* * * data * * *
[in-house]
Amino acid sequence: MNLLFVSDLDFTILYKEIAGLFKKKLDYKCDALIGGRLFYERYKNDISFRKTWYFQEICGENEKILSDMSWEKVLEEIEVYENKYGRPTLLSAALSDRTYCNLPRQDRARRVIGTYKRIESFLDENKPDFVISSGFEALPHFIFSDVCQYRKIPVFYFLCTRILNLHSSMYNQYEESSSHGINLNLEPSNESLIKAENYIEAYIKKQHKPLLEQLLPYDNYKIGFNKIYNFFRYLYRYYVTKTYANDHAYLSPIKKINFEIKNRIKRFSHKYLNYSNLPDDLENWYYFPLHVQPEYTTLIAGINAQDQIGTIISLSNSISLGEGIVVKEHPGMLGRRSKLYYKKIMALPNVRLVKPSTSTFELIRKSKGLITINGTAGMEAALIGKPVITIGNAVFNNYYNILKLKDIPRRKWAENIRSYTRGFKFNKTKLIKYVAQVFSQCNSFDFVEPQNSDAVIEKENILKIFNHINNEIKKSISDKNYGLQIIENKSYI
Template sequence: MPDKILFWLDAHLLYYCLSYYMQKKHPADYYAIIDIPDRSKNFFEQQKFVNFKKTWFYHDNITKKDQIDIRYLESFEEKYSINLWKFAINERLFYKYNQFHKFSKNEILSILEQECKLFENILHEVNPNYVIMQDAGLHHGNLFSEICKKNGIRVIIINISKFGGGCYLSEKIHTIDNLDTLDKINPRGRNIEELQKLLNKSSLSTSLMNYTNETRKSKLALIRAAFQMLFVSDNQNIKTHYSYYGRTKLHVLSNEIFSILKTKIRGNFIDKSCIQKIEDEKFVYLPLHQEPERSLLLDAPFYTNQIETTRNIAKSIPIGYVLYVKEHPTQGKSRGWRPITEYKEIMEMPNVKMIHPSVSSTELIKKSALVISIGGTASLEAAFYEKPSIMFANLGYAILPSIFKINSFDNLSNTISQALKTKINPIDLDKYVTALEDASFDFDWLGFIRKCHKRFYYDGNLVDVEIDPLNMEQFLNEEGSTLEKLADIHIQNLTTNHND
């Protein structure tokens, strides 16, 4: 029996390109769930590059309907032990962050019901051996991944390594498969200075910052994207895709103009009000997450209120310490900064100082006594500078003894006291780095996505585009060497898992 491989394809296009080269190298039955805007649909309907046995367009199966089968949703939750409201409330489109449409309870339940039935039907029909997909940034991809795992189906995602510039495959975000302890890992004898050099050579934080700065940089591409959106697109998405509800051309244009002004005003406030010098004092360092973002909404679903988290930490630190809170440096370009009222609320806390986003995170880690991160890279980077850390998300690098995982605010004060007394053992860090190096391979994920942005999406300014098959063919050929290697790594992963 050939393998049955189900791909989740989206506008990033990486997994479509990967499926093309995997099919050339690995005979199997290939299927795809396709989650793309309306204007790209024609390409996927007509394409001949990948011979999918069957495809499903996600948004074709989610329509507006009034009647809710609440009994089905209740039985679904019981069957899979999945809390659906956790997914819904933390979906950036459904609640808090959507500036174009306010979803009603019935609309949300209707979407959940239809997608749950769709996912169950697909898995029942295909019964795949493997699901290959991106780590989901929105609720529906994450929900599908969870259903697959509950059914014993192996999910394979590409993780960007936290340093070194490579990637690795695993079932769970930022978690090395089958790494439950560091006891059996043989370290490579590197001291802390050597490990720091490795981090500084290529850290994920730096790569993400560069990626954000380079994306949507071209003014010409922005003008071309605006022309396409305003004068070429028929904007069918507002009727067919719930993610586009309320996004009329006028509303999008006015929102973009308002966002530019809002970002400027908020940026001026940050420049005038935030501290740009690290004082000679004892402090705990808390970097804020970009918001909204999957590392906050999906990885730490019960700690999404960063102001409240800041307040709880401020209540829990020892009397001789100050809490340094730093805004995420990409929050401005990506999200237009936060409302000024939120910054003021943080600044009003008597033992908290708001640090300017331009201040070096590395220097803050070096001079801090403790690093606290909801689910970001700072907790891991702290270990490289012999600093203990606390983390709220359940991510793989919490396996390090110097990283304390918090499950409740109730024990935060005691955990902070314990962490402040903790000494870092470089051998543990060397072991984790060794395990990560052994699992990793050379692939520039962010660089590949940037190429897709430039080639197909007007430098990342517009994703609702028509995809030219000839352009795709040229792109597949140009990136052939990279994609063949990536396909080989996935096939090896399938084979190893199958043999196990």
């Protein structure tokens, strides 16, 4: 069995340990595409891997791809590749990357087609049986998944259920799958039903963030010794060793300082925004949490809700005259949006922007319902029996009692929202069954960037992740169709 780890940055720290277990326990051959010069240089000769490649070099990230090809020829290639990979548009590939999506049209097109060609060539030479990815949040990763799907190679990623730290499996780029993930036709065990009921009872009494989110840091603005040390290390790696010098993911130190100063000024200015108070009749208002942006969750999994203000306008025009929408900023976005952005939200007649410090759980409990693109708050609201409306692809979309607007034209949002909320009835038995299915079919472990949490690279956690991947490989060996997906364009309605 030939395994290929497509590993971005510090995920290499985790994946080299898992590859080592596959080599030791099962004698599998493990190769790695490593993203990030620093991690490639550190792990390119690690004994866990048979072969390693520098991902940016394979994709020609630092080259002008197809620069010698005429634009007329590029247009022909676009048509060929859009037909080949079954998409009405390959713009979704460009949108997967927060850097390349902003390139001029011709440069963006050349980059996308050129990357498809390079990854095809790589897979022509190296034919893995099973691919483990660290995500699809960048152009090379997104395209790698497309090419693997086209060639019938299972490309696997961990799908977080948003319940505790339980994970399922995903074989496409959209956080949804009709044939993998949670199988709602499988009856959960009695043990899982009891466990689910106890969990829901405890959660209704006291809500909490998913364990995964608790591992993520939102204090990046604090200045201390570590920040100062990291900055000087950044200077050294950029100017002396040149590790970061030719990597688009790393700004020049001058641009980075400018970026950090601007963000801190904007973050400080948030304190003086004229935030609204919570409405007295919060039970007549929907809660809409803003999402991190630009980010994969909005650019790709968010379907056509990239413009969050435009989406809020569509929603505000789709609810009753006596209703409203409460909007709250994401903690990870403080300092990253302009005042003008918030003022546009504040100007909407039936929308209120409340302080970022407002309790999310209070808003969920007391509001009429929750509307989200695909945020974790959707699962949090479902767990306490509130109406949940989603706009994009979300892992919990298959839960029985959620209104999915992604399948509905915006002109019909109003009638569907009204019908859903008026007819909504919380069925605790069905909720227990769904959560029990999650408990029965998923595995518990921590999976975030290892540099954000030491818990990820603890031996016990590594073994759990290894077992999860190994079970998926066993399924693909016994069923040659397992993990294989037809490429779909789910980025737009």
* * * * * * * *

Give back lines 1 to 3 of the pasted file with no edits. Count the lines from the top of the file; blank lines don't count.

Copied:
[in-house]
Amino acid sequence: MNLLFVSDLDFTILYKEIAGLFKKKLDYKCDALIGGRLFYERYKNDISFRKTWYFQEICGENEKILSDMSWEKVLEEIEVYENKYGRPTLLSAALSDRTYCNLPRQDRARRVIGTYKRIESFLDENKPDFVISSGFEALPHFIFSDVCQYRKIPVFYFLCTRILNLHSSMYNQYEESSSHGINLNLEPSNESLIKAENYIEAYIKKQHKPLLEQLLPYDNYKIGFNKIYNFFRYLYRYYVTKTYANDHAYLSPIKKINFEIKNRIKRFSHKYLNYSNLPDDLENWYYFPLHVQPEYTTLIAGINAQDQIGTIISLSNSISLGEGIVVKEHPGMLGRRSKLYYKKIMALPNVRLVKPSTSTFELIRKSKGLITINGTAGMEAALIGKPVITIGNAVFNNYYNILKLKDIPRRKWAENIRSYTRGFKFNKTKLIKYVAQVFSQCNSFDFVEPQNSDAVIEKENILKIFNHINNEIKKSISDKNYGLQIIENKSYI
Template sequence: MPDKILFWLDAHLLYYCLSYYMQKKHPADYYAIIDIPDRSKNFFEQQKFVNFKKTWFYHDNITKKDQIDIRYLESFEEKYSINLWKFAINERLFYKYNQFHKFSKNEILSILEQECKLFENILHEVNPNYVIMQDAGLHHGNLFSEICKKNGIRVIIINISKFGGGCYLSEKIHTIDNLDTLDKINPRGRNIEELQKLLNKSSLSTSLMNYTNETRKSKLALIRAAFQMLFVSDNQNIKTHYSYYGRTKLHVLSNEIFSILKTKIRGNFIDKSCIQKIEDEKFVYLPLHQEPERSLLLDAPFYTNQIETTRNIAKSIPIGYVLYVKEHPTQGKSRGWRPITEYKEIMEMPNVKMIHPSVSSTELIKKSALVISIGGTASLEAAFYEKPSIMFANLGYAILPSIFKINSFDNLSNTISQALKTKINPIDLDKYVTALEDASFDFDWLGFIRKCHKRFYYDGNLVDVEIDPLNMEQFLNEEGSTLEKLADIHIQNLTTNHND